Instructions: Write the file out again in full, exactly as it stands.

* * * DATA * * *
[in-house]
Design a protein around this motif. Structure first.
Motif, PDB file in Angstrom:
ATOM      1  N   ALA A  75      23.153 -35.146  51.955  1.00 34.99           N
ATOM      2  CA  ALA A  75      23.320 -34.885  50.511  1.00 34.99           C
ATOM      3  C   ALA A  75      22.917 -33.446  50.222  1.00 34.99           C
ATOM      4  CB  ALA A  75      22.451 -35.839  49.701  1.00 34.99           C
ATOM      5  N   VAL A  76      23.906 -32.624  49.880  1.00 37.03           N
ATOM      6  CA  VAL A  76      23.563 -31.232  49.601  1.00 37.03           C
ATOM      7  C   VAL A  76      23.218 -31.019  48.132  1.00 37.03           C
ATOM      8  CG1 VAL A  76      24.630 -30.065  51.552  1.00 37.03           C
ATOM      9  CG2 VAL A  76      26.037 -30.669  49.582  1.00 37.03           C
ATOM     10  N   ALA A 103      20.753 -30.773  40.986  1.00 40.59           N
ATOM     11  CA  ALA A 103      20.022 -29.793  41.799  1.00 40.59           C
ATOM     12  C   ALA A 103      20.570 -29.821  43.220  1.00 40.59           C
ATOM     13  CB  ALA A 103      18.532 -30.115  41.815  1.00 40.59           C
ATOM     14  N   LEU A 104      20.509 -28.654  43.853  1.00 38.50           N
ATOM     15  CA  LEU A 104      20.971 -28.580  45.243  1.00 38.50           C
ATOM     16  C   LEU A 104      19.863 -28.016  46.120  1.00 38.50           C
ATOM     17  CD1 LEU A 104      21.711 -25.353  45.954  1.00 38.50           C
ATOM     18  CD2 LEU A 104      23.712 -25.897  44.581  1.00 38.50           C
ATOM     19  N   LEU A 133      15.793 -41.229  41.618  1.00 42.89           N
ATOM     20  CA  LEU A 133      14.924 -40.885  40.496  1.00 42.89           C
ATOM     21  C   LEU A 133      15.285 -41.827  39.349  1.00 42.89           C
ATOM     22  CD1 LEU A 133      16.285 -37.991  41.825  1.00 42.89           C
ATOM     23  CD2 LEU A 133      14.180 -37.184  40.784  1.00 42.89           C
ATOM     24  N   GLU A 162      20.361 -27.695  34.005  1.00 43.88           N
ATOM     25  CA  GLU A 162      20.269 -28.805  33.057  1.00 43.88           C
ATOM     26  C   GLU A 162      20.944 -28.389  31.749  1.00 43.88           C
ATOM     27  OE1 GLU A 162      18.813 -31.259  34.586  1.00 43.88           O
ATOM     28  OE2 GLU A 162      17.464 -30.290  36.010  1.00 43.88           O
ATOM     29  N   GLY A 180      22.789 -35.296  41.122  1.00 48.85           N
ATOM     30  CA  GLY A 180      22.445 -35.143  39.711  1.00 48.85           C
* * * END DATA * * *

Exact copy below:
[in-house]
Design a protein around this motif. Structure first.
Motif, PDB file in Angstrom:
ATOM      1  N   ALA A  75      23.153 -35.146  51.955  1.00 34.99           N
ATOM      2  CA  ALA A  75      23.320 -34.885  50.511  1.00 34.99           C
ATOM      3  C   ALA A  75      22.917 -33.446  50.222  1.00 34.99           C
ATOM      4  CB  ALA A  75      22.451 -35.839  49.701  1.00 34.99           C
ATOM      5  N   VAL A  76      23.906 -32.624  49.880  1.00 37.03           N
ATOM      6  CA  VAL A  76      23.563 -31.232  49.601  1.00 37.03           C
ATOM      7  C   VAL A  76      23.218 -31.019  48.132  1.00 37.03           C
ATOM      8  CG1 VAL A  76      24.630 -30.065  51.552  1.00 37.03           C
ATOM      9  CG2 VAL A  76      26.037 -30.669  49.582  1.00 37.03           C
ATOM     10  N   ALA A 103      20.753 -30.773  40.986  1.00 40.59           N
ATOM     11  CA  ALA A 103      20.022 -29.793  41.799  1.00 40.59           C
ATOM     12  C   ALA A 103      20.570 -29.821  43.220  1.00 40.59           C
ATOM     13  CB  ALA A 103      18.532 -30.115  41.815  1.00 40.59           C
ATOM     14  N   LEU A 104      20.509 -28.654  43.853  1.00 38.50           N
ATOM     15  CA  LEU A 104      20.971 -28.580  45.243  1.00 38.50           C
ATOM     16  C   LEU A 104      19.863 -28.016  46.120  1.00 38.50           C
ATOM     17  CD1 LEU A 104      21.711 -25.353  45.954  1.00 38.50           C
ATOM     18  CD2 LEU A 104      23.712 -25.897  44.581  1.00 38.50           C
ATOM     19  N   LEU A 133      15.793 -41.229  41.618  1.00 42.89           N
ATOM     20  CA  LEU A 133      14.924 -40.885  40.496  1.00 42.89           C
ATOM     21  C   LEU A 133      15.285 -41.827  39.349  1.00 42.89           C
ATOM     22  CD1 LEU A 133      16.285 -37.991  41.825  1.00 42.89           C
ATOM     23  CD2 LEU A 133      14.180 -37.184  40.784  1.00 42.89           C
ATOM     24  N   GLU A 162      20.361 -27.695  34.005  1.00 43.88           N
ATOM     25  CA  GLU A 162      20.269 -28.805  33.057  1.00 43.88           C
ATOM     26  C   GLU A 162      20.944 -28.389  31.749  1.00 43.88           C
ATOM     27  OE1 GLU A 162      18.813 -31.259  34.586  1.00 43.88           O
ATOM     28  OE2 GLU A 162      17.464 -30.290  36.010  1.00 43.88           O
ATOM     29  N   GLY A 180      22.789 -35.296  41.122  1.00 48.85           N
ATOM     30  CA  GLY A 180      22.445 -35.143  39.711  1.00 48.85           C